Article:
On a more positive note, at least some of the interventions made by CSOs on issues of critical importance to small-scale fishing communities found the support of delegations, ensuring that reference to them was retained or included in the text. As per FAO rules, CSOs were only allowed to make interventions after delegations had done so. Also encouraging was the fact that some delegations included CSO representatives.

The statement presented by CSOs (see box) at the start of the negotiations reflected the hope that fishworker and support groups had from the Guidelines process and from their delegations.

However, at the end of the first round of negotiations, Ramida Sarasit, a woman leader representing the Fisherfolk Federation of Thailand, said: “I feel we have not gained much as yet. Most of the States, as far as I can see, are not ready to respect the rights of small-scale fishing communities. Day by day, we are losing our rights, our coastal and inland water bodies, our livelihoods. We cannot see any progress unless States pay serious attention and address the root causes of our issues.

Clearly, there is much at stake for fishworkers in the next round of negotiations; so too, to be an effective tool, the SSF Guidelines must reflect, and be relevant to, the day-to-day realities and problems faced by fishworkers.

The CSO voice

Joint Opening Statement: World Forum of Fish Harvesters and Fish Workers (WFF), World Forum of Fisher Peoples (WFFP), International Collective in Support of Fishworkers (ICSF) and the International Planning Committee on Food Sovereignty (IPC), made on 20 May 2013 at the  Technical Consultation on International Guidelines for Securing Sustainable Small-scale Fisheries, Rome, Italy, 20 to 24 May 2013

Thank you, Mr. Chair.

My name is Zoila Bustamente Cardenas. I am the President of the Chilean National Confederation of Artisanal Fishermen, an organization that unites 35,000 artisanal fishers, men and women, along the length of Chile’s 4,500-km coast.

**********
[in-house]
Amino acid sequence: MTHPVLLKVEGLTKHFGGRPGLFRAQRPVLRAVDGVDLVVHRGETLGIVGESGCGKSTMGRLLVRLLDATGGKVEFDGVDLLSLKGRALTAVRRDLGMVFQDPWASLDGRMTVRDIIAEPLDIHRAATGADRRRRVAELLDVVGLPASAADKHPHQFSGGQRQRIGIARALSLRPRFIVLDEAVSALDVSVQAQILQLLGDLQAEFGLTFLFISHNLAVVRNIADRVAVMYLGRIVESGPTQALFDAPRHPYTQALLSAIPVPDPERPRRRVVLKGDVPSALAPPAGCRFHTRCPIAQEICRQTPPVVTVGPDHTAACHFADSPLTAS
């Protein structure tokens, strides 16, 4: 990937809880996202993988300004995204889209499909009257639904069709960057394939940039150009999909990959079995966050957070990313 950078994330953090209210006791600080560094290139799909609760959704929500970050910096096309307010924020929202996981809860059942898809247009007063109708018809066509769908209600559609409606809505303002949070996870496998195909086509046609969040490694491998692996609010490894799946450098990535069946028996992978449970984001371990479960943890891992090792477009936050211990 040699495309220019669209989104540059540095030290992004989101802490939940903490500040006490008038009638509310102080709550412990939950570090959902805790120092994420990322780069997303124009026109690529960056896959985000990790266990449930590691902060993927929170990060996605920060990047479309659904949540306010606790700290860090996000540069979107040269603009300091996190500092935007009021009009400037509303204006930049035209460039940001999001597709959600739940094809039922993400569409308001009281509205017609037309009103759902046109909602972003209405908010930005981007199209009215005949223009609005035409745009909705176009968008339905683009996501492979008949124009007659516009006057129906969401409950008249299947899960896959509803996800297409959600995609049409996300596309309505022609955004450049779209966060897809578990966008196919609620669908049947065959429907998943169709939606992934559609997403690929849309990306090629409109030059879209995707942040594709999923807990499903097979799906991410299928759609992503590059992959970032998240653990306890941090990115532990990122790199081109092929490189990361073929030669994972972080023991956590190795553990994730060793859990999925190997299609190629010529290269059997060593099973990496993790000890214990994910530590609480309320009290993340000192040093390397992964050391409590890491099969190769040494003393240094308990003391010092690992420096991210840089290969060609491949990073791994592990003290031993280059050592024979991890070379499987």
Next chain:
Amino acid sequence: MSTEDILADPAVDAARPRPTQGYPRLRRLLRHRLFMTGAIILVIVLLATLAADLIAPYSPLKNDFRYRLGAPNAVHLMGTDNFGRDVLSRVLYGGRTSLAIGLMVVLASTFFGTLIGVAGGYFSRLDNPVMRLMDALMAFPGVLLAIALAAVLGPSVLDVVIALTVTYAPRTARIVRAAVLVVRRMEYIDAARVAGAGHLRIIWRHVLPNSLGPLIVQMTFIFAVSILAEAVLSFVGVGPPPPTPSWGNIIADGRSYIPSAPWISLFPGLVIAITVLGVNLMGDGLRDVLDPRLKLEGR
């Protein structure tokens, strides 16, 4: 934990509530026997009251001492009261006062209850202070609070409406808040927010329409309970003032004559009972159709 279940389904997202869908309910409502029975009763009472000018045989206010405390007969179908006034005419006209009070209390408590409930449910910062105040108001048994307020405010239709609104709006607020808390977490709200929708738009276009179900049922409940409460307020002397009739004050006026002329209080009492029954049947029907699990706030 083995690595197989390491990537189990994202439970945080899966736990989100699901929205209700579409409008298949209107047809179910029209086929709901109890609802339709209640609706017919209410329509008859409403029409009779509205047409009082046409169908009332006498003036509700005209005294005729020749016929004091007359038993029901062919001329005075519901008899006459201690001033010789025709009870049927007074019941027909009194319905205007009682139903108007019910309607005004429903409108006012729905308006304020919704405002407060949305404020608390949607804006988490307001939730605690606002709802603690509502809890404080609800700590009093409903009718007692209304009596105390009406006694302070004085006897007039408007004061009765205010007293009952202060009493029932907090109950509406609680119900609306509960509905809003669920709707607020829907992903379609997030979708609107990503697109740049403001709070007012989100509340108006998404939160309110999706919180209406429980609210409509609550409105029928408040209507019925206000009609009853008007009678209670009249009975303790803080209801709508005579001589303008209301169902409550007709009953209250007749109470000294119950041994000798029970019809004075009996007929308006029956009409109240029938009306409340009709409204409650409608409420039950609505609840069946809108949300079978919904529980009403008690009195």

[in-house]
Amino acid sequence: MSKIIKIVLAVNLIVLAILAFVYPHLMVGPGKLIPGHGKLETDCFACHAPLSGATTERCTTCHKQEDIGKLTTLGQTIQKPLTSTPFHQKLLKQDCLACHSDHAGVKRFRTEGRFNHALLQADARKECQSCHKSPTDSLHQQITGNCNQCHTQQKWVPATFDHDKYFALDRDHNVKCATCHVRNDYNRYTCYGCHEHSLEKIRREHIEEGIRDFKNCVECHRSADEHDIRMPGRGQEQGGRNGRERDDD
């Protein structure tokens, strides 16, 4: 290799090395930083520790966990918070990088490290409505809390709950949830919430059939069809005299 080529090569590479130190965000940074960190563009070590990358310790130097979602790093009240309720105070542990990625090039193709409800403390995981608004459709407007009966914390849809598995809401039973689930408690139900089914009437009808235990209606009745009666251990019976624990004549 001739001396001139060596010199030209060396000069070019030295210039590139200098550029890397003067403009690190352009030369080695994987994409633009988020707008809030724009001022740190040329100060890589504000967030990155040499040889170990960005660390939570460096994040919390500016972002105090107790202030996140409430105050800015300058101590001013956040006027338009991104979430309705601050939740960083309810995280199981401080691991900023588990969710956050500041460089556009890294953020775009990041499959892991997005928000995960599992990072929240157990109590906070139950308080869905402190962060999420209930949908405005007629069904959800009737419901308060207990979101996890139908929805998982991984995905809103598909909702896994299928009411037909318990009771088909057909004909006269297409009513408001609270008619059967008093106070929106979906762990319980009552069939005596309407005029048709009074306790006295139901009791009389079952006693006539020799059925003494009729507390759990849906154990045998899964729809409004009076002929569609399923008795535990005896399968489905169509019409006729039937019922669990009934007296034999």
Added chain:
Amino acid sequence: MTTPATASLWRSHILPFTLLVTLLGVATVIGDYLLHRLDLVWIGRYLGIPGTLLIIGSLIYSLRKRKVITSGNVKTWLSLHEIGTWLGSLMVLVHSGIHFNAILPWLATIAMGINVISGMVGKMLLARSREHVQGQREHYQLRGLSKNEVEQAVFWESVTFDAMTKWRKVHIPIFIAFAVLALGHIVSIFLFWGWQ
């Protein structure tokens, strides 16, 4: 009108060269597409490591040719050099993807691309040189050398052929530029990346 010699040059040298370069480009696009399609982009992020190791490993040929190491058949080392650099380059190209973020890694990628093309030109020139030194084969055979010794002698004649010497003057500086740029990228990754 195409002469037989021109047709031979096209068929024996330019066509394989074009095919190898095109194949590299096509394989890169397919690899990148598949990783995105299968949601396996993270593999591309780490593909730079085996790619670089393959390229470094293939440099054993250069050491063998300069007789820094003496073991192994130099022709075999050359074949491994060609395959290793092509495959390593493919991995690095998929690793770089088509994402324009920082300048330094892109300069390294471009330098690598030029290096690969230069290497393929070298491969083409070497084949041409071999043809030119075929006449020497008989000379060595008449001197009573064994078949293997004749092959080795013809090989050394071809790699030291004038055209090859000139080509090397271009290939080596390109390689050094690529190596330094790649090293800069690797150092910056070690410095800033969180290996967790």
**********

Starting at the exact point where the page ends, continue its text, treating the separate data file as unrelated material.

I speak on behalf of the World Forum of Fish Harvesters and Fish Workers, the World Forum of Fisher Peoples, the International Collective in Support of Fishworkers and the International Planning Committee on Food Sovereignty.

We are a platform of small-scale food producers who include fishworkers and indigenous people. Our international member-based organizations represent fishworkers from over 50 countries, from both North and South, and people actively engaged in supporting our communities.

Artisanal and small-scale fisheries represent the majority fisheries sector, and we provide the most sustainable model of fishery exploitation from a social, economic and environmental perspective.

Our engagement with FAO to develop this international instrument began in 2008 following the Global Conference on Small-scale Fisheries in Bangkok, Thailand. However, we have been knocking on the door of FAO since 1984 when small-scale fishers and their supporters were excluded from participating in decision-making processes that affected their livelihoods.

We welcome the fact that we can now engage with FAO in developing this instrument. In fact, over the last two years we have co-operated with FAO to organize around 30 national and regional-level consultations across Africa, Asia, South and North America and Europe. Through these consultations, over 2,500 people, men and women from small-scale fishing communities, have had the chance to contribute to this process.

For us, the process of developing these Guidelines represents an important milestone by adopting an inclusive approach to small-scale fisheries, an approach which places equal emphasis on social development, the human rights of fishing communities and the responsible governance of the fisheries on which their food security, livelihoods, and wellbeing depend.

We welcome the visibility the Guidelines give to women and the serious way in which they address gender issues. The Guidelines also take the unprecedented step of addressing as a whole the different aspects of small-scale fisheries from the perspective of governance, production, trade, labour and quality of life.

The Guidelines also take account of the fact that small-scale fisheries face a multitude of threats from more powerful interests both from within and outside the fisheries sector. They come at a critical juncture of global transition when we face challenges of an economic, social and environmental nature where small-scale fisheries provide the best hope for generating employment, livelihoods and food for the burgeoning world population.

We are committed to working with FAO and its member States to develop effective Guidelines and to engage wholeheartedly with you in their development and implementation once adopted by the Committee on Fisheries (COFI) next year.

For more
Small-scale fisheries guidelines
Civil society website on SSF guidelines